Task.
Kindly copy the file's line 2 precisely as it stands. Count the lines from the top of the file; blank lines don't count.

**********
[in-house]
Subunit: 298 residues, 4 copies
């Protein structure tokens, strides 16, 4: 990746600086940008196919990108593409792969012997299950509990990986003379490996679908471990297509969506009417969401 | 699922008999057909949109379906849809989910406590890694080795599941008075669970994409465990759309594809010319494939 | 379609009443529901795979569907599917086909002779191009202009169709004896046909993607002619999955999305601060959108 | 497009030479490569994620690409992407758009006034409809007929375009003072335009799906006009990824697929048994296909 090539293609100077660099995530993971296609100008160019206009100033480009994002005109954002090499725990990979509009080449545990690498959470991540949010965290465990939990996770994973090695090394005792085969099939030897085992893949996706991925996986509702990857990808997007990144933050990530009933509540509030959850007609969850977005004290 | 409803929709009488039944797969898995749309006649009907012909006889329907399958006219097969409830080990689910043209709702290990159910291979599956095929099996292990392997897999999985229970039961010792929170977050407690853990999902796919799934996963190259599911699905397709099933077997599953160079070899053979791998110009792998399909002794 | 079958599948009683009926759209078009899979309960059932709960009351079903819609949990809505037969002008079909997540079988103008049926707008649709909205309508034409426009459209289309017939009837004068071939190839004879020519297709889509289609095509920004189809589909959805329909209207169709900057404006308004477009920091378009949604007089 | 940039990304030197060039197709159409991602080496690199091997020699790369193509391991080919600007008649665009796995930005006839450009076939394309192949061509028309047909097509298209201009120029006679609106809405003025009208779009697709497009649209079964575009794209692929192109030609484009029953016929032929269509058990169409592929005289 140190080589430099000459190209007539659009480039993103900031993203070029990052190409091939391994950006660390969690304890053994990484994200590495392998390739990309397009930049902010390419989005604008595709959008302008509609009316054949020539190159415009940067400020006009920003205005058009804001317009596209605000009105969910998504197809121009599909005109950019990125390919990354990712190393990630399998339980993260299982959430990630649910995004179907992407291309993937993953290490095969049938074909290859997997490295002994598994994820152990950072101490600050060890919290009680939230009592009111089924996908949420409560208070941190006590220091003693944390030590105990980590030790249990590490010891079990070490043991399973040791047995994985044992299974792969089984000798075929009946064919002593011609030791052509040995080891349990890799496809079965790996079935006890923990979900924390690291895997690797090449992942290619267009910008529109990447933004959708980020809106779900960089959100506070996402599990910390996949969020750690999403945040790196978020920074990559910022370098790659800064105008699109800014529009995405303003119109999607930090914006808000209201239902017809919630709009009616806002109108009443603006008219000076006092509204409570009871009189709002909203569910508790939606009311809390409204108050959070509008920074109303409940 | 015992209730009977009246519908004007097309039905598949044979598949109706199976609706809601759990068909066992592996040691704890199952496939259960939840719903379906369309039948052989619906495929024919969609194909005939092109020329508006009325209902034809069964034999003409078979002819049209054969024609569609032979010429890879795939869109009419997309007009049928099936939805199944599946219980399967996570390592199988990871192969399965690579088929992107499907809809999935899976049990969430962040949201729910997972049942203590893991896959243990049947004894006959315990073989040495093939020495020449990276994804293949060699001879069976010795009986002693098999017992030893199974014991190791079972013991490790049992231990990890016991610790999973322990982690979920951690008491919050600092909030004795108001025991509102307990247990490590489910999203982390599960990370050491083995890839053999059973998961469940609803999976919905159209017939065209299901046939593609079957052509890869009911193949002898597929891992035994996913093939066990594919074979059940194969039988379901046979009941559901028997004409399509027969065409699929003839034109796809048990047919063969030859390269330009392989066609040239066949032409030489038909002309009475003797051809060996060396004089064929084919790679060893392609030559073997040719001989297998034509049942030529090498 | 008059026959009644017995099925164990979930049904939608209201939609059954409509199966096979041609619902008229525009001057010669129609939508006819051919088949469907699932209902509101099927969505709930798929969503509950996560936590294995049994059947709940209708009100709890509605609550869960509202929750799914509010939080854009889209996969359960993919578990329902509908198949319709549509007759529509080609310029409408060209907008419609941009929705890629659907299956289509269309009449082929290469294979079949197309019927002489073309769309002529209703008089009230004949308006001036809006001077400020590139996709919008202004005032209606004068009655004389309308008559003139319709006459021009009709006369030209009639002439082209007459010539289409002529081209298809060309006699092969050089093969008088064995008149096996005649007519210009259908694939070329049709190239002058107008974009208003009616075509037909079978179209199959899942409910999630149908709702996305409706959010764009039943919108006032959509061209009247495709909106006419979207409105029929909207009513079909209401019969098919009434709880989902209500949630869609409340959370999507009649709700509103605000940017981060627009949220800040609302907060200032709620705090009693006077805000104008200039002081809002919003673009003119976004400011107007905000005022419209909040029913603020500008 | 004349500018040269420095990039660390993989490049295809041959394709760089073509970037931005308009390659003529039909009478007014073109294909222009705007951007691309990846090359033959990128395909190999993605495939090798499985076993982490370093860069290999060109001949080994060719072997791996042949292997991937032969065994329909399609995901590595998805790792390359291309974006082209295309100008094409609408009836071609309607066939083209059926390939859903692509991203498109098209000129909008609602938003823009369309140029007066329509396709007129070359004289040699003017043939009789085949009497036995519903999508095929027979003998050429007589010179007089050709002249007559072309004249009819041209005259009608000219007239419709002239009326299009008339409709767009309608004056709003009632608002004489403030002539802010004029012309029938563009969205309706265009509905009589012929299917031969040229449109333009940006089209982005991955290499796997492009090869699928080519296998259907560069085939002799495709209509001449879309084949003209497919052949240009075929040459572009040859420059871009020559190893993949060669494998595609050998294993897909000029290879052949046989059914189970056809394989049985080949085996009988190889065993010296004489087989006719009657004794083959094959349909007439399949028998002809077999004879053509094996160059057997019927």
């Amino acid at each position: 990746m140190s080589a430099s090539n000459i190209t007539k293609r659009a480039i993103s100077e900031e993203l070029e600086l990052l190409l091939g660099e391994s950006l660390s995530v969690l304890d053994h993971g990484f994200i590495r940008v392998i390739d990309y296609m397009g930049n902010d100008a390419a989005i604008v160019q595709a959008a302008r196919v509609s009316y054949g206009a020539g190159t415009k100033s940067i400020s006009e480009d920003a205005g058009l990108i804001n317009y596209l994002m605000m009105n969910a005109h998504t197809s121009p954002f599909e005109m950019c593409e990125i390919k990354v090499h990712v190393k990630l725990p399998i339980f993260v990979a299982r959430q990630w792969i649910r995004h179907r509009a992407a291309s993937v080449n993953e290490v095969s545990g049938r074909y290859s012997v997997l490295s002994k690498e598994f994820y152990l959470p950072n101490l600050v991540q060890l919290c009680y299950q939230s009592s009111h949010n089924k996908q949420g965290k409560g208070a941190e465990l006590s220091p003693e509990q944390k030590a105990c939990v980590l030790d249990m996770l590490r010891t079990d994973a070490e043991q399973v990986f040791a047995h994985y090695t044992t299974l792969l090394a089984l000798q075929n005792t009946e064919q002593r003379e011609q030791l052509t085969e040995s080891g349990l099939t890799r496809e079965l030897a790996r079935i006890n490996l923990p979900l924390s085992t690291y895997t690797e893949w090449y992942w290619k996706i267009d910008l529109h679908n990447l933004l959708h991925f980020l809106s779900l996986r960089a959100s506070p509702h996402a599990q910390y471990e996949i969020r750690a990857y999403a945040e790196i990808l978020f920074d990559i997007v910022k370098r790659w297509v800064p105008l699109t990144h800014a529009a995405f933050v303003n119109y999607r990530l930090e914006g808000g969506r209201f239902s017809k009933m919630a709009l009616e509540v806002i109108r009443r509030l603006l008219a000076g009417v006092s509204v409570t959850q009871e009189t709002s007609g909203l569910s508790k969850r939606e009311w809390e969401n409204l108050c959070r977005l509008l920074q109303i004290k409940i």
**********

Subunit: 298 residues, 4 copies